Copenhagen International Summer School 2009
Sport and movement cultures - developments and practices in a globalised world
Historical, sociological, psychological and pedagogical approaches
August 17-24, 2009
Department of Exercise and Sport Sciences, University of Copenhagen, Nørre Alle 51, DK-2200 Copenhagen N, Denmark
Aims and Concept
Modern sport is both a product and a motor of globalisation; it has developed into a worldwide institution which controls access and rules, as well as messages and images. Sportification with its focus on performance, competition and records has transformed traditional movement cultures, but new global trends, such as ‘sport for health’ and ‘sport for all’, are contributing to a desportification of modern sport.
The aim of this Summer School is to reconstruct the emergence of various concepts of physical activity in the Western world and their struggle for dominance in the social field of sport. Emphasis will be laid on the causes and effects of global sport, among others the adaptation of movement cultures to sporting principles, as well as inclusion and exclusion processes which disadvantage or privilege people depending on their social and ethnic backgrounds and the resources of their respective countries. A major focus of the Summer School will be on the impact of globalisation on various areas, for example physical education, sport business, media sport, bodily performance or sport-related migration. Global health, body and beauty ideals and practices constitute a further issue of debate, which will include the discourses and policies pursued in various countries. As global processes always have to be embedded in a local context, “glocalisation”, the transformation of global developments to suit the local environment, will be one of the Summer School topics.
In the discussion of global sport one has also to take the roles and reactions of individuals into consideration. How does global media sport influence motivation and sports participation among children, adolescents and adults and among women and men? We will explore how the different movement cultures (and sub-cultures) provide certain images and how these are used for enactments and become part of identities.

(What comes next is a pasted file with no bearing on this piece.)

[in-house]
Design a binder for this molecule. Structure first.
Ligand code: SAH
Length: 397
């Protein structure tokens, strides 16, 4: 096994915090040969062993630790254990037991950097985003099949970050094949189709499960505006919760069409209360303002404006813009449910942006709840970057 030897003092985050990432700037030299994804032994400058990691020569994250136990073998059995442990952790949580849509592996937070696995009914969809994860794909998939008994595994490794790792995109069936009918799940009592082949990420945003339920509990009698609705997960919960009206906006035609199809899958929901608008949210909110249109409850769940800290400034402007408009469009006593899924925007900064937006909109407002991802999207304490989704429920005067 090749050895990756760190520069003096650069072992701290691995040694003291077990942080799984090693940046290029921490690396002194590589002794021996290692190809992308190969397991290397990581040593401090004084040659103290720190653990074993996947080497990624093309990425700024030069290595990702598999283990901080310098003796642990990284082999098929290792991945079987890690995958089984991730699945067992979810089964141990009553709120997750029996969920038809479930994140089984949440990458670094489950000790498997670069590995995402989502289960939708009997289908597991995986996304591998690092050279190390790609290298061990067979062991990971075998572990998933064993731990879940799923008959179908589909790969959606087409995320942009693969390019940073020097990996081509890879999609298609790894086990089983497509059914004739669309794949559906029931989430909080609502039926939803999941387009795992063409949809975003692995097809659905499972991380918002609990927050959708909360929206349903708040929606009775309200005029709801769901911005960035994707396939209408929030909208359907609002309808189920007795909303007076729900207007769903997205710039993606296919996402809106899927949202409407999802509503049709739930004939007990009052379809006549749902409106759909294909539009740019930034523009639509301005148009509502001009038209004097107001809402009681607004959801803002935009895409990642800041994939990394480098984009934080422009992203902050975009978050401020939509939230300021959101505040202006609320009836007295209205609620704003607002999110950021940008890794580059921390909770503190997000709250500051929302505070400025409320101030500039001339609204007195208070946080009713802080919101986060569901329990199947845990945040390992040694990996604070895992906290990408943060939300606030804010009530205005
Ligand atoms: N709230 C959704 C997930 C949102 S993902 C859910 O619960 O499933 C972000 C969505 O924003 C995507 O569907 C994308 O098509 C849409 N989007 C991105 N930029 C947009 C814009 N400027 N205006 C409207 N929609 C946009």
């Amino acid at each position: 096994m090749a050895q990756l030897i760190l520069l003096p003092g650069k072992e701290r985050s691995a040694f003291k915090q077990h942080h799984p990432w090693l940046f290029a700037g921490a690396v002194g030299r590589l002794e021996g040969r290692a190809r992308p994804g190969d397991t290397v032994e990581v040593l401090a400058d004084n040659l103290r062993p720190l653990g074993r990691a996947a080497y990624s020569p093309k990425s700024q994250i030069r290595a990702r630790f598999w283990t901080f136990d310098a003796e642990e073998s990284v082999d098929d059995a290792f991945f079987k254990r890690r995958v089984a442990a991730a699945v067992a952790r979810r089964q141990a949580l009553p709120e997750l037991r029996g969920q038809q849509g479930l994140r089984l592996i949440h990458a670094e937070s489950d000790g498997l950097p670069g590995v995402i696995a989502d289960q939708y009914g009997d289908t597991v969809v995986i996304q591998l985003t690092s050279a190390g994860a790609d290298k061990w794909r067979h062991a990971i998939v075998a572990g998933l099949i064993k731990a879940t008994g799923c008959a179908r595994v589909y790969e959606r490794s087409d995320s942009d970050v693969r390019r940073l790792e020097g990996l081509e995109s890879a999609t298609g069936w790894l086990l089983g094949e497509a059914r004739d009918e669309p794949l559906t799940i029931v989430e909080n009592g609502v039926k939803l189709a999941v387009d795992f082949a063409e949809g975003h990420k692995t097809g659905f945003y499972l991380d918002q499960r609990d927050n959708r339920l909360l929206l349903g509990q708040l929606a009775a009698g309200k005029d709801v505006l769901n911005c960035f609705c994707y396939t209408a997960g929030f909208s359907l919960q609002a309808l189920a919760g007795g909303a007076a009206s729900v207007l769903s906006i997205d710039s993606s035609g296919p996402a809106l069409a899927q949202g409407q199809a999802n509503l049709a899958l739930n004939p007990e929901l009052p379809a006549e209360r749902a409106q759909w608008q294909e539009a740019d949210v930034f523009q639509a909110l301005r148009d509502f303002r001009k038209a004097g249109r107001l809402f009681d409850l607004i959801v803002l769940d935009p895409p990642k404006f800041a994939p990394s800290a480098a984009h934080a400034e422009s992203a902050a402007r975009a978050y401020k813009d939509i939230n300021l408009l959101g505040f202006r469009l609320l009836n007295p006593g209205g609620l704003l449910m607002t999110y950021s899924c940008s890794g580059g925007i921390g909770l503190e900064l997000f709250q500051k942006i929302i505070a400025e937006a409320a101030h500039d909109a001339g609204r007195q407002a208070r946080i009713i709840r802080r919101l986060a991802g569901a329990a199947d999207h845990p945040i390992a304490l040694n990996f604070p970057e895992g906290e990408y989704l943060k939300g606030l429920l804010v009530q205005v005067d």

The Summer School, which addresses PhD students and young researchers, offers the opportunity of acquiring knowledge about the state of the art in the area of theories and methods, and the opportunity of presenting research, of discussing problems, of obtaining advice from experts and of building up a network. The involvement of internationally renowned experts will guarantee that knowledge and advice, as well as the evaluation of students’ papers. will contribute decisively to research of high quality and relevance.
In keynote lectures the experts will address important questions, new approaches and results, problems and strategies of research, current trends and major issues in the area of sport and globalisation. The students will have the opportunity of asking questions and discussing with the experts. In addition, there will be workshops and panel discussions. All students will have the opportunity to present a report of their own projects. Papers with the main outlines of these projects must be submitted before the Summer School begins. There will be an in-depth discussion of each research project in working groups with other students and with experts. In addition, the experts are available for individual supervision.
Experts and guest lecturers
Scholars of the Department of Exercise and Health Sciences
Henning Eichberg, Denmark, University of Southern Denmark
Elizabeth Pike, UK, University of Chichester
Annette Hofmann, Germany, University of Education
Gerald Gems, U.S., North Central College
Barrie Houlihan, UK, Loughborough University
John Horne, UK, University of Central Lancashire
Selection of the students
The Summer School will take place in collaboration with the International Societies for Sport History (ISHPES) and Sport Sociology (ISSA) and the European Association of Sport Psychology (FEPSAC).
Participants will be selected according to the following criteria: topic, state of research, quality of the project. Participants should be young researchers (either planning a PhD, working on their PhD or post docs). The participants may work in different disciplines from pedagogy to history. The number of participants will be between 20 and 25; it is aimed to include students from as many countries as possible.
The participation in the Summer School is free. We have applied for funding and may be able to provide free lunches. Travel and accommodation has to be covered by the participants.
There is the opportunity to sleep in a youth hostel in the centre of Copenhagen.
Professor Gertrud Pfister, firstname.lastname@example.org